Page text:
Will There be a Mandatory Property Redress Scheme for UK Landlords?


Picture of a gavel and people sat around a table arguing

The government has dropped its biggest hint yet that a mandatory property redress scheme for UK landlords is on the way. Currently, all letting agents have to sign up to a government-approved scheme that mediates between them and tenants in the event of any issues, but the housing minister in the House of Lords, Lord Greenhalgh, told that chamber that the government is determined to extend that to private landlords too.


But what are these organisations and how would a private landlord redress scheme work? Keep reading to find out more about this potential legislation.


What is a Property Redress Scheme?


A property redress scheme is an independent third party to whom tenants can escalate complaints against letting agents. They act as a mediator in situations where the agent and tenant cannot resolve the matter between themselves.


Currently, all letting agents in England and Wales, and estate agents across the UK, must sign up to join one of two redress schemes. These are:


The Property Ombudsman Limited

Property Redress Scheme


Agents pay a membership fee to join one of these entities as a legal requirement, laid down in the Letting Agency Work and Property Management Work (Approval and Designation of Schemes) (England) Order 2013.


The tenant can complain if they feel the agent has failed to perform their legal duty, breached the tenant’s rights, failed to adhere to their code of conduct or internal rules, treated the tenant unfairly, carried out a transaction without the efficiency expected or caused the tenant to suffer a financial loss or unnecessary aggravation, stress or inconvenience. The scheme must decide if there is a genuine complaint and what action to take to resolve it in a mutually agreeable way. If the parties still cannot agree, the head of redress makes a final ruling on the outcome.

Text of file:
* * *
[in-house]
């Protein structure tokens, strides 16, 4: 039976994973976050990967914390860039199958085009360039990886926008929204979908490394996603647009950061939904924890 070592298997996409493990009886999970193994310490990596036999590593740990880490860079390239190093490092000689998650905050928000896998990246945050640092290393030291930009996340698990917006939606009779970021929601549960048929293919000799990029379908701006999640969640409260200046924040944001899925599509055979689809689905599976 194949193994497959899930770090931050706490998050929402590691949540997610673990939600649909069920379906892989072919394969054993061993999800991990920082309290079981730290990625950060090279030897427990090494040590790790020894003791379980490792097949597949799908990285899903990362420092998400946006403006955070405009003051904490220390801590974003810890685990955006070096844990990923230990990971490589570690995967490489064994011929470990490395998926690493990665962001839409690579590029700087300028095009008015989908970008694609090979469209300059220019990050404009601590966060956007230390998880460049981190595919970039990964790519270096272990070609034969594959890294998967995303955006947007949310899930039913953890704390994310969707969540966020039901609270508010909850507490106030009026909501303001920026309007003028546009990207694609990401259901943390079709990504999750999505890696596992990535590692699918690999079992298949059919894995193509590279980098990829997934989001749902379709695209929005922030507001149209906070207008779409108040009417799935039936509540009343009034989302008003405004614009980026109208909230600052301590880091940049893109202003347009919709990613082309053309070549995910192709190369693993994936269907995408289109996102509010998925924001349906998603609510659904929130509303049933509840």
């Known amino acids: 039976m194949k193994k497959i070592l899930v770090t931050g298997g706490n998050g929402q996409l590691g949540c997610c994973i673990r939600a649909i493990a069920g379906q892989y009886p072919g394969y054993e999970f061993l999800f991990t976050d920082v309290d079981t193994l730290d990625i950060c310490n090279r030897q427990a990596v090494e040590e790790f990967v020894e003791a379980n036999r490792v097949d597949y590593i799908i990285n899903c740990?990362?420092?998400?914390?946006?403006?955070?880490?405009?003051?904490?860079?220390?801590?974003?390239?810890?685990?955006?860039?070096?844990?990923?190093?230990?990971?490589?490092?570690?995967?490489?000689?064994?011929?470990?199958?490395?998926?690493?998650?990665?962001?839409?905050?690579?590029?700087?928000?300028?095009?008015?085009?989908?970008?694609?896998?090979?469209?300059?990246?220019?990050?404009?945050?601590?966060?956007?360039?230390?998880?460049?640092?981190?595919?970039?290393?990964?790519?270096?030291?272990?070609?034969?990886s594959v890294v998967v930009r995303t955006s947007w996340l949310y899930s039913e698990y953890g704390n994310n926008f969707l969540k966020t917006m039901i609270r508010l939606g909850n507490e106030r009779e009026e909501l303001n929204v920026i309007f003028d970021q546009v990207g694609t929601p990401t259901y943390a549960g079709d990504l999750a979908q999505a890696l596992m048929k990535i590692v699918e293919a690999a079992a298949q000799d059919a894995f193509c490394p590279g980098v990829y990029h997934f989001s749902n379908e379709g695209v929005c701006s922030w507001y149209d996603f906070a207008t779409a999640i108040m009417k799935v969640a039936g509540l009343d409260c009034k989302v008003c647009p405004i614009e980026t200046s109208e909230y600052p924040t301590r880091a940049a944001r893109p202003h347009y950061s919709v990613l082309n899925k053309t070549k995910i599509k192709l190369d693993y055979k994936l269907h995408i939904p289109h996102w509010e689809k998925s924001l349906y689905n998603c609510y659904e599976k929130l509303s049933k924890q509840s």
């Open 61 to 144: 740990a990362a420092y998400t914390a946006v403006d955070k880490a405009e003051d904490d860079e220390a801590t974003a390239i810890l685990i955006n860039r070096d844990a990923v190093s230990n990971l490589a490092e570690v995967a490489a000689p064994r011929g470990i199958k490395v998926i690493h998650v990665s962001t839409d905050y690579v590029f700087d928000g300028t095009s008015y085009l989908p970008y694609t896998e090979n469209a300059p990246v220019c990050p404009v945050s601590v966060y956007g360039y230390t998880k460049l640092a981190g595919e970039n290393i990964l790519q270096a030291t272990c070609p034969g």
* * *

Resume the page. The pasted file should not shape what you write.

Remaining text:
An agent can face a fine of up to £5,000 for failing to register with a property redress scheme, and they can even have their licence revoked.



How Will a Private Landlord Redress Scheme Work?


When it comes to a private landlord redress scheme, things are less clear. There is no concrete legal proposal yet, only the word of Lord Greenhalgh. Potential sticking points would be whether it was necessary for a landlord to join a redress scheme if their property was managed by a letting agent who was already a member. In addition, if both landlords and letting agents were compelled to sign up, what would happen if they were members of different schemes? Which scheme would the tenant make their complaint to?


With nearly half of the nation’s 2.66 million private landlords making use of letting agents, that does leave more than a million working independently. Lord Greenhalgh says that, for the tenants of these landlords, access to a property redress scheme will bring peace of mind. “This will ensure that all tenants have access to redress where they have a legitimate complaint about their home,” stated the peer, “and will also make it easier for private landlords to understand their obligations.”


Common Tenant Complaints


Common tenant complaints include:


● Landlord not carrying out essential repairs

Unannounced visits from the landlord

● Maintenance concerns

● Property not being clean at the start of the tenancy.


The above complaints could all lead to a referral to a property redress scheme if they spiralled out of control and there was poor communication between landlord and tenant. This is where outsourcing can solve a problem. When we take on your property management, we ensure the maintenance and repairs are performed swiftly and effectively, in line with the obligations to give notice to enter the property. We also provide a host of other services that prevent your property headaches and make your life easier. Contact us today to find out more.

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